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WE HAVE MANY BEAUTIFUL TRADITIONS;
FAMILY VIOLENCE IS NOT ONE OF THEM.

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Ashley Michelle Papon
Aug 16, 2010

A Mexican woman with a history of domestic violence at the hands of her common-law husband was granted asylum by the Obama administration in a groundbreaking case that holds promise for future seekers of asylum with similar backgrounds.

The woman, whose identity in the press has been abbreviated to "L.R." due to the confidential nature of asylum cases, had first filed for asylum five years ago, but her case's implications will redefine policies that are nearly two decades in the making. A similar case featuring a woman from Guatemala had been pending for 15 years before receiving approval last December.

"The Department of Homeland Security has recognized that asylum should be available to women who have suffered domestic violence and whose governments won't protect them," Simona Agnolucci, a lawyer with the Howard Rice law firm in San Francisco who represented L.R., tells The New York Times. "Now the day finally came when the department said these are the criteria required to show a case for asylum."

The ruling in L.R.'s favor will likely begin turning the tides for international victims of domestic violence, whose claims have largely been ignored and dismissed by the asylum process. During the initial application, L.R.'s legal team was presented with a list of narrowly defined guidelines that would have to be proved in order for asylum to be granted.

L.R.'s attorneys argued the cultural and political biases of Mexico guaranteed that she had no recourse within her home country. One attorney, Alicia Elena Perez Duarte y Norona, a former special prosecutor in Mexico City for crimes against women, insisted that L.R. could not secure assistance from the police in Mexico because of "the enormous social and cultural tolerance of this abuse, resulting in the virtual complicity of authorities who should prevent and punish these violent acts," according to The Times.

Bring Me Your Huddled Masses

Not everyone is celebrating the gradual expansion of guidelines in favor of abuse victims. Against the backdrop of identity politics, conservative pundits are already wringing their hands over the possibility of allowing more immigration into the country, particularly from Latin countries.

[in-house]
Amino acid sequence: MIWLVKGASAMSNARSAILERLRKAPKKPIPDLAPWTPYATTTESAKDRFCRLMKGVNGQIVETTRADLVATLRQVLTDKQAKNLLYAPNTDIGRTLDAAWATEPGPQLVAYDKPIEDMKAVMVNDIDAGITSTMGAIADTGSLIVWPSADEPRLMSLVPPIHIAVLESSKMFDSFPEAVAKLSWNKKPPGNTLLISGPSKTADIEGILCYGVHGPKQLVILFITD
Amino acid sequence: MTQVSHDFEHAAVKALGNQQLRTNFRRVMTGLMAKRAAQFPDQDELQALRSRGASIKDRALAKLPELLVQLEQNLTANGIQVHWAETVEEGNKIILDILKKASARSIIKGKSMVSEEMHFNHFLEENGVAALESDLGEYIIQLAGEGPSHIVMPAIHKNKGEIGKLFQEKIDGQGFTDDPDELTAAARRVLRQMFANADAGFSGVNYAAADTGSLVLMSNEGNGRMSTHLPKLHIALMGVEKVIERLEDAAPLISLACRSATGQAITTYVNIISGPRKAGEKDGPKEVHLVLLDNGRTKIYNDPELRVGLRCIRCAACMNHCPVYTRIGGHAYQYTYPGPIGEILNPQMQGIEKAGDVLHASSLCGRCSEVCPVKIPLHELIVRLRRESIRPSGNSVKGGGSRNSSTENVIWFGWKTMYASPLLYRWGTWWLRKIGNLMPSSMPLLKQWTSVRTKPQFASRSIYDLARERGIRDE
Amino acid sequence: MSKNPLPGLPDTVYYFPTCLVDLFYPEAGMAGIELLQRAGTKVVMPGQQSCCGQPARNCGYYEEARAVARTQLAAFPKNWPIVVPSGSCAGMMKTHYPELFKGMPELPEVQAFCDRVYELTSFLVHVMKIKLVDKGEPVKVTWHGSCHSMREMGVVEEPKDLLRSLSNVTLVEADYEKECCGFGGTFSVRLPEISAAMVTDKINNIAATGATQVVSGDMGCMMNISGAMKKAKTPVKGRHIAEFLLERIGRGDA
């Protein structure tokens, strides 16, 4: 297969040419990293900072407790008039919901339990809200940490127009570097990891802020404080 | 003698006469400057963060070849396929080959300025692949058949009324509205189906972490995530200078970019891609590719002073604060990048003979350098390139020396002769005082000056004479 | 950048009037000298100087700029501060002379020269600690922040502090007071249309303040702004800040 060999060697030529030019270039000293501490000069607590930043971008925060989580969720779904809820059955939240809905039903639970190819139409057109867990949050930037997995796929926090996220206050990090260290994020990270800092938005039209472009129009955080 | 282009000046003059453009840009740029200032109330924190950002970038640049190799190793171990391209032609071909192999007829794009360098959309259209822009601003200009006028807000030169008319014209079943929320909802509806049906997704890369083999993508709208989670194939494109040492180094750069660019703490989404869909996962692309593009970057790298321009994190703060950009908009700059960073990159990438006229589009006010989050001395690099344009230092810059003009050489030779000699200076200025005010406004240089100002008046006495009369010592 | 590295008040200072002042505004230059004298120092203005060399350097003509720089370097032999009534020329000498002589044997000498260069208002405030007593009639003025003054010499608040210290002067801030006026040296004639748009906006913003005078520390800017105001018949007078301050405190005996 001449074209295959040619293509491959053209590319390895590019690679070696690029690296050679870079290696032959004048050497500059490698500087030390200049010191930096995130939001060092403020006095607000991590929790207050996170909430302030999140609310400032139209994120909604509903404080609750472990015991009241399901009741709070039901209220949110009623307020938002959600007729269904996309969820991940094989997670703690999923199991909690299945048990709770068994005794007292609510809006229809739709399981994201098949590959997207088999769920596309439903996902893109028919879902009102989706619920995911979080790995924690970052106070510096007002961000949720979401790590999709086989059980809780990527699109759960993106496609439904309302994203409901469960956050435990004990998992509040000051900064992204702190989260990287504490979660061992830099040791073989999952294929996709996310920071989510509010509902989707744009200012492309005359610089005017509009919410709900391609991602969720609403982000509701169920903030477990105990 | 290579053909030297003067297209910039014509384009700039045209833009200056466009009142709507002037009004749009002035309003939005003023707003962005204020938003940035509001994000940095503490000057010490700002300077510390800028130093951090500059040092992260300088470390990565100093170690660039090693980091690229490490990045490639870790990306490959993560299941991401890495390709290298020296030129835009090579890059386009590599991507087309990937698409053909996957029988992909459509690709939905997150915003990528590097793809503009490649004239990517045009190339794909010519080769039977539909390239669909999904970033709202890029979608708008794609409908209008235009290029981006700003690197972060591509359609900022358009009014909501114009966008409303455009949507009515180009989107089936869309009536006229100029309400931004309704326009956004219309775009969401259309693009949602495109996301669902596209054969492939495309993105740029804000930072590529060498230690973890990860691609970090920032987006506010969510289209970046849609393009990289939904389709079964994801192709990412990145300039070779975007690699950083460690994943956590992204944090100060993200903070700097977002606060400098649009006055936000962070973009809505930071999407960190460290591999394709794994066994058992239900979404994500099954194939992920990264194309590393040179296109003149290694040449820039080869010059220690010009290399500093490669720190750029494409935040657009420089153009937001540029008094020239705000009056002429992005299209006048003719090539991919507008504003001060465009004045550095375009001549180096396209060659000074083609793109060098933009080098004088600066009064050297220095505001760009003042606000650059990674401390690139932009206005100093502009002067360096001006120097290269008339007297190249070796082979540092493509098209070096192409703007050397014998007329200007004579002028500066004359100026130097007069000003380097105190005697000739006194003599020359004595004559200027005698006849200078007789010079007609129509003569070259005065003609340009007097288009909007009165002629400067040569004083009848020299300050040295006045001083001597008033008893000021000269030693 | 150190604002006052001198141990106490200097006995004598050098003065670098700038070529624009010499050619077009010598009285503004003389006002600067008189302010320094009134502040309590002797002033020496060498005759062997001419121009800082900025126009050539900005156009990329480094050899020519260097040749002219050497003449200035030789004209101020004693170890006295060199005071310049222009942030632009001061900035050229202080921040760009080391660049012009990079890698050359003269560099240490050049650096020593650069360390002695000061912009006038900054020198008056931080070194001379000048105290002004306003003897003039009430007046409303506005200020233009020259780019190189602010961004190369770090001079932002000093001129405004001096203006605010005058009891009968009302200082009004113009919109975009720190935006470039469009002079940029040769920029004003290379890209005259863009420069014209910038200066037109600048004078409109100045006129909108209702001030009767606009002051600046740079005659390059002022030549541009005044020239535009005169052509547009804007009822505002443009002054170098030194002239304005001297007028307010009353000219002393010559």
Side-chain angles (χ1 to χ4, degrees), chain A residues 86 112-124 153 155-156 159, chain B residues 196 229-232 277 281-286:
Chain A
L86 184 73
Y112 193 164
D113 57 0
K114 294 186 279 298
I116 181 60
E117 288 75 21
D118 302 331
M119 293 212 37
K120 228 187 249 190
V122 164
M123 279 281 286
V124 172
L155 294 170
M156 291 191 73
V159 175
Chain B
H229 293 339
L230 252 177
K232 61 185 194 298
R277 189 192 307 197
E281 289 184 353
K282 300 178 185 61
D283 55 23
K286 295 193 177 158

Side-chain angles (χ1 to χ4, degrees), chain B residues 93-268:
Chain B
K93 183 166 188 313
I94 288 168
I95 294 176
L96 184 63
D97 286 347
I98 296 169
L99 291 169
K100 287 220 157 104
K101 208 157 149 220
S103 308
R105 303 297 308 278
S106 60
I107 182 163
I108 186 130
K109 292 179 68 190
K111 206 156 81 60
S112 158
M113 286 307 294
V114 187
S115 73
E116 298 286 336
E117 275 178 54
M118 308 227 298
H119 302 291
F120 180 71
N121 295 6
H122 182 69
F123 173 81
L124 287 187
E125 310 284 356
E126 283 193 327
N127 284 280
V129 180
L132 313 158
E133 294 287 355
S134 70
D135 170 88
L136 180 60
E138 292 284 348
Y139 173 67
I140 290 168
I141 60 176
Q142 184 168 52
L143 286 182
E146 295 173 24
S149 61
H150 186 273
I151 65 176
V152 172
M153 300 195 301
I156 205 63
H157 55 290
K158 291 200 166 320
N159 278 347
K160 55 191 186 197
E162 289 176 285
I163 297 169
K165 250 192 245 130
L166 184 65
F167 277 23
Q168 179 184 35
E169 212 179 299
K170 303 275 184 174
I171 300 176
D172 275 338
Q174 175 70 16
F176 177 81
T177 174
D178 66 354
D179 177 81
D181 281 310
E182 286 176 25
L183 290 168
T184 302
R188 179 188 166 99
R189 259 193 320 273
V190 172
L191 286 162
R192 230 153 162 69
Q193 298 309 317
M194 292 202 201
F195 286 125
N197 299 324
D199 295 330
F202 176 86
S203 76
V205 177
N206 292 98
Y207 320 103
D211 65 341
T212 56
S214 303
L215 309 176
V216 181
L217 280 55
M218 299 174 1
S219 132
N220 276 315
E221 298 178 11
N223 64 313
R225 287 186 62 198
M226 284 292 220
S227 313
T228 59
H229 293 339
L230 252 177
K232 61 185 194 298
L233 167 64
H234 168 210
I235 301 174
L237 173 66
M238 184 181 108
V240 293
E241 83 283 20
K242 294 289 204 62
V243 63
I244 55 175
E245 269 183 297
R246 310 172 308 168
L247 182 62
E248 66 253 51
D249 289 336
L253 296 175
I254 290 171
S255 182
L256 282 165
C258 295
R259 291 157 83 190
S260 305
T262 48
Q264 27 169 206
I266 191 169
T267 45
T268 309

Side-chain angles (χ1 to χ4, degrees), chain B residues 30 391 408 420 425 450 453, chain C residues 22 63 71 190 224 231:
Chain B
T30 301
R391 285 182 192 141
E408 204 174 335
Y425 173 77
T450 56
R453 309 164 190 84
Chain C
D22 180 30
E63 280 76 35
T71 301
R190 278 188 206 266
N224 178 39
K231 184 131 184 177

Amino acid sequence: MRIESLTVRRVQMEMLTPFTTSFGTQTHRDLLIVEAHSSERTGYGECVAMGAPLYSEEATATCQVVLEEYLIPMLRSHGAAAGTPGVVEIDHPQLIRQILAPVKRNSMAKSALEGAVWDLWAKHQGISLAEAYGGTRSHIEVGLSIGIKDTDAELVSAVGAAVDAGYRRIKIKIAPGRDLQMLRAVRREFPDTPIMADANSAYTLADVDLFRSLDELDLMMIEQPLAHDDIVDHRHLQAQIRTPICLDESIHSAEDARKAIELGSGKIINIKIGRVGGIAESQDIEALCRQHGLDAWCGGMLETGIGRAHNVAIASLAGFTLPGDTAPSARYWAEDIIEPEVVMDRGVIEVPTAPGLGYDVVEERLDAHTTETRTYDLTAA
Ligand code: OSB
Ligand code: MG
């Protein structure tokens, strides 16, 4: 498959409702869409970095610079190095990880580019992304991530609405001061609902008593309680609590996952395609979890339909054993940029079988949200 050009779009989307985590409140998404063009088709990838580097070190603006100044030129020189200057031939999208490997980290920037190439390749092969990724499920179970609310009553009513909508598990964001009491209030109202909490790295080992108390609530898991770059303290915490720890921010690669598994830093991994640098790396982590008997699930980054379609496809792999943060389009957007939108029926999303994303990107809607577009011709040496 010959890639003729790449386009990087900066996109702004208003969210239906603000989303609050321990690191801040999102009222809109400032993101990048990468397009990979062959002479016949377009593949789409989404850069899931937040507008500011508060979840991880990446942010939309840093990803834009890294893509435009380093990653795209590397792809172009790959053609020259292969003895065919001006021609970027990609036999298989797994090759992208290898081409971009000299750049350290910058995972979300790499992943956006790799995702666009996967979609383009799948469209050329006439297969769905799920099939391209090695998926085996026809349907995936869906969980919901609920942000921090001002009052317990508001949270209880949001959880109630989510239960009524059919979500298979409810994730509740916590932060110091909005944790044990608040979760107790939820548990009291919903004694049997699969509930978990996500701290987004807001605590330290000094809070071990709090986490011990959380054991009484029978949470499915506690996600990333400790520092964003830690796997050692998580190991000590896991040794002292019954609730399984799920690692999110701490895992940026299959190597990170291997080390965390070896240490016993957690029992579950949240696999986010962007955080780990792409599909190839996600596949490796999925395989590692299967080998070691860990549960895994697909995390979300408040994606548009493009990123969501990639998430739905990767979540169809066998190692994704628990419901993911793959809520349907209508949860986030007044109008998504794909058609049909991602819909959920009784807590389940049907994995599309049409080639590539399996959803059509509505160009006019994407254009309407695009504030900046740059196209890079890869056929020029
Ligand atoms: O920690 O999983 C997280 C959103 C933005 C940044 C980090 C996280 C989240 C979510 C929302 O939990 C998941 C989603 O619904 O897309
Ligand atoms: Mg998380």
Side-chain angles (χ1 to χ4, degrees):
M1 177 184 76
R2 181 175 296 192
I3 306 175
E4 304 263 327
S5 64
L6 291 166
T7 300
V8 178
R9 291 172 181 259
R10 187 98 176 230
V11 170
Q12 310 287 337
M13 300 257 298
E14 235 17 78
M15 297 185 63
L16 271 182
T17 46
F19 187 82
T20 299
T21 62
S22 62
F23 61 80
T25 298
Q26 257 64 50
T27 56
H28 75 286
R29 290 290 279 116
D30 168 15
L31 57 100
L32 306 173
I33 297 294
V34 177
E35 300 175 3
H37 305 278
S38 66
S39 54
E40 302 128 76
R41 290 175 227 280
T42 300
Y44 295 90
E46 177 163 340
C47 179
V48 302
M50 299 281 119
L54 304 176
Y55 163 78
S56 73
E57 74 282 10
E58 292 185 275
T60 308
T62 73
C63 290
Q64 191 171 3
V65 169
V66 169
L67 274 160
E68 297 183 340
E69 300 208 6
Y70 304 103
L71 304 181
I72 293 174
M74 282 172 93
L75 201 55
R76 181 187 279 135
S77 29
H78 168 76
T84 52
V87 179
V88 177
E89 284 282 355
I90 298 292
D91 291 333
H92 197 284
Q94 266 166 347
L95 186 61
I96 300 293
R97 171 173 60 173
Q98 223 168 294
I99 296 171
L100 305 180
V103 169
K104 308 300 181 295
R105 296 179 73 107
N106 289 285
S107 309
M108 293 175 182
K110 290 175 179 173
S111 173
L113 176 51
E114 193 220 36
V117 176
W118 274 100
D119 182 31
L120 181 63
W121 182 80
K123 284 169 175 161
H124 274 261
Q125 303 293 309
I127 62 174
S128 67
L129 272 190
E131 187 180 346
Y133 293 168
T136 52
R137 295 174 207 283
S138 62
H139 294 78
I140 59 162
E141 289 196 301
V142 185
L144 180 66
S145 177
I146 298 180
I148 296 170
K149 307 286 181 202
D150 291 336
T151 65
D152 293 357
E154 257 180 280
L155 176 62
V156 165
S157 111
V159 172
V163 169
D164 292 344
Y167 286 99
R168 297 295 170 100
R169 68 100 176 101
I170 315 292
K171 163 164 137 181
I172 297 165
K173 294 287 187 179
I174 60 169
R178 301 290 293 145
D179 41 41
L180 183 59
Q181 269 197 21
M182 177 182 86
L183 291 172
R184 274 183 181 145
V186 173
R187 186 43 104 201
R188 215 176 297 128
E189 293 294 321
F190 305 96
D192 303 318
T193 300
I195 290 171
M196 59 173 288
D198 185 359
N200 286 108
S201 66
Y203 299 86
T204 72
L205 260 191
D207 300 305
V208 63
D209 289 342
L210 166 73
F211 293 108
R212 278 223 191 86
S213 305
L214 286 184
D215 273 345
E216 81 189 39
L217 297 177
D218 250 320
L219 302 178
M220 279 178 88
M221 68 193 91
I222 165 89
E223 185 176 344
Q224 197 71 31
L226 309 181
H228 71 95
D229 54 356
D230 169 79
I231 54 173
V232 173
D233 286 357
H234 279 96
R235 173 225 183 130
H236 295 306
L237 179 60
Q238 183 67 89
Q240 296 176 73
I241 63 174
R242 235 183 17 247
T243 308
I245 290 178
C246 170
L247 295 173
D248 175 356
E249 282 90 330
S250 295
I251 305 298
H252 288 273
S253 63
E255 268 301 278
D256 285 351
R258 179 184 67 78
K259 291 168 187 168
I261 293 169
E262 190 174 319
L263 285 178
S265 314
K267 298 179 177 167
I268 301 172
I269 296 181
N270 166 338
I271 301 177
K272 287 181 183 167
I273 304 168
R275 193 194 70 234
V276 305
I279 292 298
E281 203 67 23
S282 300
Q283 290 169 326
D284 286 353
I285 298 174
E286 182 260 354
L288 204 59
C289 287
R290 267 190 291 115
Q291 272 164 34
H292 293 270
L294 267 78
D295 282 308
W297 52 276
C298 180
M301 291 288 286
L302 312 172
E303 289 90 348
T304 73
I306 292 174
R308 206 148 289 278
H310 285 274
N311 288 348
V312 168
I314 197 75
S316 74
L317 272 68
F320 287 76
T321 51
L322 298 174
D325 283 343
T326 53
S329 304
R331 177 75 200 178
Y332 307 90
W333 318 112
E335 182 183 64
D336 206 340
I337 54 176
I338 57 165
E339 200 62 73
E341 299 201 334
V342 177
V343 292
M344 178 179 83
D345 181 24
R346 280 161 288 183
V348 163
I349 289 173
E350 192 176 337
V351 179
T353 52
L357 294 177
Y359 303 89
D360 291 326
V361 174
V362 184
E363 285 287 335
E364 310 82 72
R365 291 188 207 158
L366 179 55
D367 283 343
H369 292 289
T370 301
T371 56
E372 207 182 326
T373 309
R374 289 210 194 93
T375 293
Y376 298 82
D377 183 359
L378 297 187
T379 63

"If we're going to expand certain categories of asylum from their original definition, then some clarification from Congress is warranted," Jon Feere, legal analyst for the Center for Immigration Studies, which supports stricter enforcement of immigration laws, tells MSNBC on August 14.

But it's an idea that advocates against domestic violence find particularly absurd.

"There are so many obstacles to fleeing their home countries," Pamela Goldberg, who works on asylum jurisprudence for the UNHCR in Washington, D.C., tells MSNBC. "There is no such thing under asylum law as a blanket, 'say the magic words and you're in' situation."

Not to mention the process of applying for and receiving asylum is long, complicated and financially, cost-prohibitive. As with the Guatemala case, many applications languish for years and, for the cases that involve gender-based persecution or violence, the applicants are denied before they ever see the inside of a courtroom. Most will not have access to the resources afforded to L.R., who even had the Department of Homeland Security intervene on her behalf, because the system is stacked against them from the get-go.

"It is doubtful that many abused women will have the same resources and support that were available to L.R. and that were the keys to success in her case," Jason Dzubow, a Washington-based immigration attorney, writes at The Asylumist. "However, L.R.'s case has established a framework for asylum based on domestic violence. Now, at least, such women have a chance to gain protection in the United States."

While the culture of the United States isn't without it's skeletons regarding domestic violence, there are more resources in place to assist women fleeing abusive situations than the majority of countries which are undoubtedly to emerge in the forthcoming applications. And while our own rate of domestic violence is a problem that has failed to be adequately addresssed, we nevertheless remain in a unique position to offer remedy to women who have even fewer alternatives elsewhere.